If the barbarity of capital punishment isn’t enough to dissuade a serious voter, then its cost should be. It is far cheaper to incarcerate a prisoner for life than to go through all the appeals and other safeguards built into our legal system. Capital punishment, as a deterrent, doesn’t work. Serious budget cutting calls for the elimination of the death penalty.

Frivolous lawsuits are filed by grandstanding politicians solely for their appeal to the voters. It looks good to the constituents to see their congressman taking on the federal government, even when there is little, if any, hope of winning and the entire expense to both sides of the issue has to be paid by taxpayers. This is government waste on a huge scale and it is perpetrated, not by bureaucrats, but by the very people we elect.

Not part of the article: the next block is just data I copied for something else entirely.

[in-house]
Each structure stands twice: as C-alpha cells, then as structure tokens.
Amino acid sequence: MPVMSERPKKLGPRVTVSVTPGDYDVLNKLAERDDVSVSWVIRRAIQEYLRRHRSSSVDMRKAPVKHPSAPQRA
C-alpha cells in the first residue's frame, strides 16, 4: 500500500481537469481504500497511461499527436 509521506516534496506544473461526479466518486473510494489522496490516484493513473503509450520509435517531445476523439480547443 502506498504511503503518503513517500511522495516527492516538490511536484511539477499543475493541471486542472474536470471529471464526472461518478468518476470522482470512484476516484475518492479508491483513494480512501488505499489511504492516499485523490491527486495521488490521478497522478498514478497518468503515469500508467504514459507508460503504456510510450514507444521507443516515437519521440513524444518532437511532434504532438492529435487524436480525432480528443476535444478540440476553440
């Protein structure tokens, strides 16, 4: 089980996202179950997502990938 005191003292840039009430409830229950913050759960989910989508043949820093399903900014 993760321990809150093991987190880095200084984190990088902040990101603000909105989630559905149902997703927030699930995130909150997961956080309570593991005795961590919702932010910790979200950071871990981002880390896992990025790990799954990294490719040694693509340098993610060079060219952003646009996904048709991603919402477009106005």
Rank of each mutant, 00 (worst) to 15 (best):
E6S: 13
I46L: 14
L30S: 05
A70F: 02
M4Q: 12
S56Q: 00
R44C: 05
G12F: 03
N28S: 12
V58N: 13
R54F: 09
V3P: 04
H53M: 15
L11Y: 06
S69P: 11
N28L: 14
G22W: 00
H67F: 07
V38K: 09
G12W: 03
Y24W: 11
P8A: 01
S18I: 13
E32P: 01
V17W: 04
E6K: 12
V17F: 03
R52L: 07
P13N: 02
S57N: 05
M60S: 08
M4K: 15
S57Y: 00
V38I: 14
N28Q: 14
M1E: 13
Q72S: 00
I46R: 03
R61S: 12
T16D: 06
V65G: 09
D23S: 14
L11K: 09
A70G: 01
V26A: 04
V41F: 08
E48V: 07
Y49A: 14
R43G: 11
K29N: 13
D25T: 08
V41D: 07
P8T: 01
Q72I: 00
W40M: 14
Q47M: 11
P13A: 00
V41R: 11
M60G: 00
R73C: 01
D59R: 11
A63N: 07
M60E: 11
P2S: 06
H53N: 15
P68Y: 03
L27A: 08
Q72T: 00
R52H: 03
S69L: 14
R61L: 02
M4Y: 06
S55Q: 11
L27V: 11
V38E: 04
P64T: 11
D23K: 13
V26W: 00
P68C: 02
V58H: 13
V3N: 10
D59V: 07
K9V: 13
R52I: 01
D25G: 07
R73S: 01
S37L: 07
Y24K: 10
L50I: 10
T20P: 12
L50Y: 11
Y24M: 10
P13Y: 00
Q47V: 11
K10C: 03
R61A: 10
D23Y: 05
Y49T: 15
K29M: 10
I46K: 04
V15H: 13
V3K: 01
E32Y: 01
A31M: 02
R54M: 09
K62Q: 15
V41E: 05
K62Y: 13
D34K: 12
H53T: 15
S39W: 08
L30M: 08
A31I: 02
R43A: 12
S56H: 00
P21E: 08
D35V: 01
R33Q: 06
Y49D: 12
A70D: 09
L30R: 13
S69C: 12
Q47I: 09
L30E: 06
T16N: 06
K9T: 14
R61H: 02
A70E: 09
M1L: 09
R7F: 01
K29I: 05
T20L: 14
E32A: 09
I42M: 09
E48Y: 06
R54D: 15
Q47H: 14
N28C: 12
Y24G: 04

Beware the politician who is going to fight for Oklahoma values. When he gets to Washington he will meet other politicians who are fighting for Massachusetts values and California values. If he antagonizes these folks, they will dig in their heels and vote against everything he wants. If you want to make some gains for Oklahoma values, you need to concede some gains for New England values. Don’t send a fighter to Washington. Send a deal maker, a negotiator.

In 2009, personal income taxes were at their lowest point since the 1960s. Any politician who has a vision of what America could be knows that vision will cost money and that money has to come from somewhere. And there are some good deals out there we could get if we were willing to raise taxes just a little. Example: Auto insurance premiums could be eliminated with a state-run insurance pool paid for with an at-the-pump tax on fuel, combined with no-fault insurance for property damage. I’d happily pay an extra $700 in taxes to eliminate my $2,500-a-year vehicle insurance payments.